There were periods of progress and periods of stagnation in the development of modern hypnotism. Medical interest and acceptance expanded following World War II when the use of hypnotherapy proved especially helpful to surviving battlefield casualties suffering from shock, injury, battle fatigue and various psycho logical disorders. As understanding increased hypnotism began to be recognized as an important adjunct to counseling psychology, psychotherapy, psychiatry, and also medical fields including neurology, obstetrics, emergency medicine, burn therapy and others. Hypnosis is finding increasing usage in dentistry and other areas where pain control is important. All humans (and possibly several animals) have two distinct minds— the conscious mind and the unconscious mind. The unconscious mind is vastly larger and more powerful than the conscious mind, yet it is the least understood and used by mankind. Actually, the great “unconscious” mind has two functional elements, the subconscious and the superconscious, the former the storehouse of memory, the latter dealing with the spiritual.

DOES HYPNOSIS WORK?

American Health Magazine reported comparative figures all the way back in 2006 that hypnosis is tremendously more effective than other forms of treatment.

  • Pschoanalysis Success Rate after 600 sessions 38% 38%
  • Behavioral Therapy Success Rate after 22 sessions 72% 72%
  • Hypnosis Success Rate after 6 sessions 93% 93%

The subconscious mind receives and retains, neither accepting nor rejecting, all the messages we receive from our backgrounds, whether genetic, social, religious or experiential, plus all the conflicts (little or big) that enter our lives daily. When for whatever reason the conscious mind (which deals with everyday living, logic, reason, etc.) becomes overloaded, the subconscious prepares us for what is considered appropriate action (usually fight or flight). However the subconscious mind does not analyze, as does the conscious mind, but accepts all messages in the literal sense.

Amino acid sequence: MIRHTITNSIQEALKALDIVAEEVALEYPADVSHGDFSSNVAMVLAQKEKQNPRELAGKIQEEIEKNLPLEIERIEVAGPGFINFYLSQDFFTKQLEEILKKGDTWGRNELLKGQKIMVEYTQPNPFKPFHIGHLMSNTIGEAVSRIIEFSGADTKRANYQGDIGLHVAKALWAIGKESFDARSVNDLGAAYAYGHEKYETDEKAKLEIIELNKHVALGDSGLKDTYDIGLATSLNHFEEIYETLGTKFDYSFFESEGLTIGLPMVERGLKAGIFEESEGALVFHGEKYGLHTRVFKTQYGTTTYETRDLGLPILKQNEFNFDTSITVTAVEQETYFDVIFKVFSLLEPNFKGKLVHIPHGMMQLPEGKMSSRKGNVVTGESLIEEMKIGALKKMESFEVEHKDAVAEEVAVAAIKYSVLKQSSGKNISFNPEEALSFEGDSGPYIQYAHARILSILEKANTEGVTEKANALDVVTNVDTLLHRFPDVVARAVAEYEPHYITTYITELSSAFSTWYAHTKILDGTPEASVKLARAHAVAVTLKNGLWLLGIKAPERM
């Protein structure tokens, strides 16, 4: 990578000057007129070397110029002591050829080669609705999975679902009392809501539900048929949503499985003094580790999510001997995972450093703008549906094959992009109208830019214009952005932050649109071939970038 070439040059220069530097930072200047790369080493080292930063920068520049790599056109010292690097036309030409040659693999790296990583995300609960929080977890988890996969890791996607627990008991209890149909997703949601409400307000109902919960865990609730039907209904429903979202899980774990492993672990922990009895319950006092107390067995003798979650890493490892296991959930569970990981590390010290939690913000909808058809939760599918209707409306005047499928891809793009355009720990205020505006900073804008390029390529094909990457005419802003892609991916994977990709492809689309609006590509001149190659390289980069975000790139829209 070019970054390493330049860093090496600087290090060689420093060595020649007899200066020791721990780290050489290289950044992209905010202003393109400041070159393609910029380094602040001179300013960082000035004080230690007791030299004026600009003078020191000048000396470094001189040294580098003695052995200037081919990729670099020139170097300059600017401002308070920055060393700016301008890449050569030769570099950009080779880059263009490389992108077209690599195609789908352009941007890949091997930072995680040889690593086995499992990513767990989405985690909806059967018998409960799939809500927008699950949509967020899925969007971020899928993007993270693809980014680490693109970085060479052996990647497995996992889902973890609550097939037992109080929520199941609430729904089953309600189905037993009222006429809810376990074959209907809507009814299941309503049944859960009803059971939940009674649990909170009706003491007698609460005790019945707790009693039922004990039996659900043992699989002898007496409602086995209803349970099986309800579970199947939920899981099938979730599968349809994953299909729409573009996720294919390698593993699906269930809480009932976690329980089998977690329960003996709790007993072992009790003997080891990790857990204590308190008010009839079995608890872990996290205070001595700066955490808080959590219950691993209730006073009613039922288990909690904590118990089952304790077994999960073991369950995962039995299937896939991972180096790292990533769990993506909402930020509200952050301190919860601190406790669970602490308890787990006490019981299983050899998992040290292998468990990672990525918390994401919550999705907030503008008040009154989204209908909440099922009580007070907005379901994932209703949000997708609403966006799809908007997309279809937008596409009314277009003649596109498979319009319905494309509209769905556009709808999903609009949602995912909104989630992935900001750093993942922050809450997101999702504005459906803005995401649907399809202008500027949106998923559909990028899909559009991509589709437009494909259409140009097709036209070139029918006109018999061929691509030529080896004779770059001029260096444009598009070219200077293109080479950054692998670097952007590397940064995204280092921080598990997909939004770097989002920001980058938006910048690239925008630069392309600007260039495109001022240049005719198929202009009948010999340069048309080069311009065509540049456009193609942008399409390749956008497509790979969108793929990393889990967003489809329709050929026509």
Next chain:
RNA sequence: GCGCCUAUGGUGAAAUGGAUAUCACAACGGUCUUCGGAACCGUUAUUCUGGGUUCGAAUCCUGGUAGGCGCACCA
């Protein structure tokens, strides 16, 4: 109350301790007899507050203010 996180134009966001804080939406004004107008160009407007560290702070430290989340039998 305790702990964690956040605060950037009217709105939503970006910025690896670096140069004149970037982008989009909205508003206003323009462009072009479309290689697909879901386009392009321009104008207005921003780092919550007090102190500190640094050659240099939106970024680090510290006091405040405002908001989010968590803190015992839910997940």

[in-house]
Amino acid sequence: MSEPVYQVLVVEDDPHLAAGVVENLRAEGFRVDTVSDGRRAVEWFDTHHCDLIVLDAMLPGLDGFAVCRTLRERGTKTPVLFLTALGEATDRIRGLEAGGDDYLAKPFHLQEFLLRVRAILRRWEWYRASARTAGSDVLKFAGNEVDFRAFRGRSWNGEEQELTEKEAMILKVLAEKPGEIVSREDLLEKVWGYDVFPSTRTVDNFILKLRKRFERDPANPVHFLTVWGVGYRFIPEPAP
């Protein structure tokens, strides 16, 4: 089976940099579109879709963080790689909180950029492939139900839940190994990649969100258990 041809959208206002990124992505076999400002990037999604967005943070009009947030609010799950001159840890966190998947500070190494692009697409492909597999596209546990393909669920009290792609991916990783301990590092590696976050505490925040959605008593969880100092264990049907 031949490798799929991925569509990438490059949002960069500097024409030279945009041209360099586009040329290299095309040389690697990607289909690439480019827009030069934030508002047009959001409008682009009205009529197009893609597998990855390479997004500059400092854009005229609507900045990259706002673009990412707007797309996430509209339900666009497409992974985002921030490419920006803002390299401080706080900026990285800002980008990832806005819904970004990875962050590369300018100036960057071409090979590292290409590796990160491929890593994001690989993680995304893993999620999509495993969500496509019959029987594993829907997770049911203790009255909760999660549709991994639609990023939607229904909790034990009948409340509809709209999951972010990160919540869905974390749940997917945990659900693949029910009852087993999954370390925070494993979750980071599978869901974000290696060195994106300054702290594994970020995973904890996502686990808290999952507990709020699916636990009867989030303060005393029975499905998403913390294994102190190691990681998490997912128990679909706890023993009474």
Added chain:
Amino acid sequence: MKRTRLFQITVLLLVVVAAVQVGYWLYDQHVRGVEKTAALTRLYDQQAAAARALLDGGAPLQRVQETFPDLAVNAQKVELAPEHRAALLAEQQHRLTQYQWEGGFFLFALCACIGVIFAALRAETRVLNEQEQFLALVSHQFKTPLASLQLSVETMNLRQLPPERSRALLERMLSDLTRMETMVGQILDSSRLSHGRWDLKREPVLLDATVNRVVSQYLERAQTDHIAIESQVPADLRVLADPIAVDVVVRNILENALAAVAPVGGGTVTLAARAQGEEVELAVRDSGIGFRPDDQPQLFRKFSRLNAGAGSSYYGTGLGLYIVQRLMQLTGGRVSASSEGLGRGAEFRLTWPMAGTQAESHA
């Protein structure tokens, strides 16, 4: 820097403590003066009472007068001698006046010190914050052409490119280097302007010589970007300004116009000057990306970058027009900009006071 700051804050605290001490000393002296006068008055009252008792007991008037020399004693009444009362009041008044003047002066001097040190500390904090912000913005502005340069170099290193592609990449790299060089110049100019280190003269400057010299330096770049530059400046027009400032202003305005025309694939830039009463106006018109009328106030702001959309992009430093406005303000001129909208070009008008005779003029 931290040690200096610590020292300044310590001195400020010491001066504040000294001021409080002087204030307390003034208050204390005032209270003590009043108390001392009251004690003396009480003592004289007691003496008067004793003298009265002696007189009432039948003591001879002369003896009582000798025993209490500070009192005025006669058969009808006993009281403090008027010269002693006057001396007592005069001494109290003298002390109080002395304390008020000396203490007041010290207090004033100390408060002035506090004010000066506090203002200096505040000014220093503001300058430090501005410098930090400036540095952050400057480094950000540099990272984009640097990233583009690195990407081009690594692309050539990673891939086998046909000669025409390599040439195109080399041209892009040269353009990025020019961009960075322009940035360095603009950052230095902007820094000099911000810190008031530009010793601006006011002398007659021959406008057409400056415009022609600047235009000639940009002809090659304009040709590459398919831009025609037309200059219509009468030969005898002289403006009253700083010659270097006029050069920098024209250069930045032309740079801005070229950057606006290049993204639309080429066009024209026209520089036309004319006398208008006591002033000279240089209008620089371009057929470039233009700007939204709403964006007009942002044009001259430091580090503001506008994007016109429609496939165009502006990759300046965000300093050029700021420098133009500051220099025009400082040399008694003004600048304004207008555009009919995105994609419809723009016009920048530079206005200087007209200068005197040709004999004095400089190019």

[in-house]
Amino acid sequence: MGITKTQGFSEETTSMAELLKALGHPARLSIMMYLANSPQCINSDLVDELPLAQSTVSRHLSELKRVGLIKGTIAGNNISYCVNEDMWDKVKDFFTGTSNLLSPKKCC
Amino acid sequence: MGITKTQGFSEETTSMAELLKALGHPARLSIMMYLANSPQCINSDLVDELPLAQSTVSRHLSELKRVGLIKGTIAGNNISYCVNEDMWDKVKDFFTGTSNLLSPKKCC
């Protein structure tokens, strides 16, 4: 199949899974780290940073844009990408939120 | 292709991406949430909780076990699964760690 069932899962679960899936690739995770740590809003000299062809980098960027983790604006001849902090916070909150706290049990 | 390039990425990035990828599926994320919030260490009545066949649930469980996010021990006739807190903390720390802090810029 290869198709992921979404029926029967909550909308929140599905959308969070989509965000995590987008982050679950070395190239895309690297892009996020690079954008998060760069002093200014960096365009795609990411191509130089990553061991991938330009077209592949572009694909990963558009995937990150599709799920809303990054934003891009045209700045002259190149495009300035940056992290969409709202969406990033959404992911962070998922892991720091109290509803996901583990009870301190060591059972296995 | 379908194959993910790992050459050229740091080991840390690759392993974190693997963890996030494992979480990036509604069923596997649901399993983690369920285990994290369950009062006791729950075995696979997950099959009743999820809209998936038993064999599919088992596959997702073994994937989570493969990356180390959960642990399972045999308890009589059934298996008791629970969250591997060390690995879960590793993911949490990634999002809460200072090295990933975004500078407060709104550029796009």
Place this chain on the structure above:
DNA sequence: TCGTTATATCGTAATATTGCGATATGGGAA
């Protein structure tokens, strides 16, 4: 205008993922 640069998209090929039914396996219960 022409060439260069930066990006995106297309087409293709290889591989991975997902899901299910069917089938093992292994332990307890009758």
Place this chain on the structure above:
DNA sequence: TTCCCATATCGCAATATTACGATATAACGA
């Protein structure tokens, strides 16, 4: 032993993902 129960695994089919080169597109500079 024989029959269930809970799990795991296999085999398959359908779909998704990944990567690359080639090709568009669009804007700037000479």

In essence, hypnosis is a means of communication between the conscious mind and the subconscious mind. Many human problems, habits, stresses, anxieties, attitudes or apparent deficiencies can be traced to interpretations by the subconscious mind which, when under stood by the conscious mind, can reduce or resolve specific problems.
The subconscious is also the seat of all memory. Traumatic events can be buried or suppressed in the subconscious. A major benefit of hypnosis is its ability to uncover and bring into the light of understanding the buried information or experience which may be the cause of a troublesome problem.

WHAT CAN HYPNOSIS HELP

The range of areas where hypnosis can provide positive influence to the human mind and body is almost limitless. To name a few, hypnosis is an accepted treatment for:

Stress and Anxiety

Migraines

PTSD

Addictions

Depression

Performance Anxiety

OCD

Grief

Dementia

Sleep Disorders

and more.

 

WHAT YOU WILL EXPERIENCE

Your first visit with your hypnotist will, primarily, be exploratory. You will learn about hypnotism and become comfortable with it. Your hypnotist will discuss your interests and your desires to determine if hypnosis can accomplish what you want to achieve.

If you both feel that it will be worthwhile to proceed, your hypnotist may give you some small tests to determine your type of suggestibility, your ability to relax, your skills at visualization—procedures which help your hypnotist adapt to you as an individual so as to design programming personalized for you which will be acceptable to your subconscious, retained and acted upon in a manner leading to full achievement of your goals.

Your session will include a brief relaxation period.  The purpose of this time is not to cause sleep, although the work “sleep” may be used. It is to create a level of relaxation “acting as though you are asleep”.  This allows you, the recipient a better access to your own subconscious thought process without the interference of the conscious analytical thinking process. It also allows you to make more rapid and permanent change because it is about your having a very focused train of thought without the hundreds of other thoughts we usually have getting in the way. 

REFRESHED AND INVIGORATED

At absolute minimum clients respond that they have never felt so refreshed and calm after such a short period of time.  Once tried, most people are excited about and look forward to their next opportunity to do hypnosis again.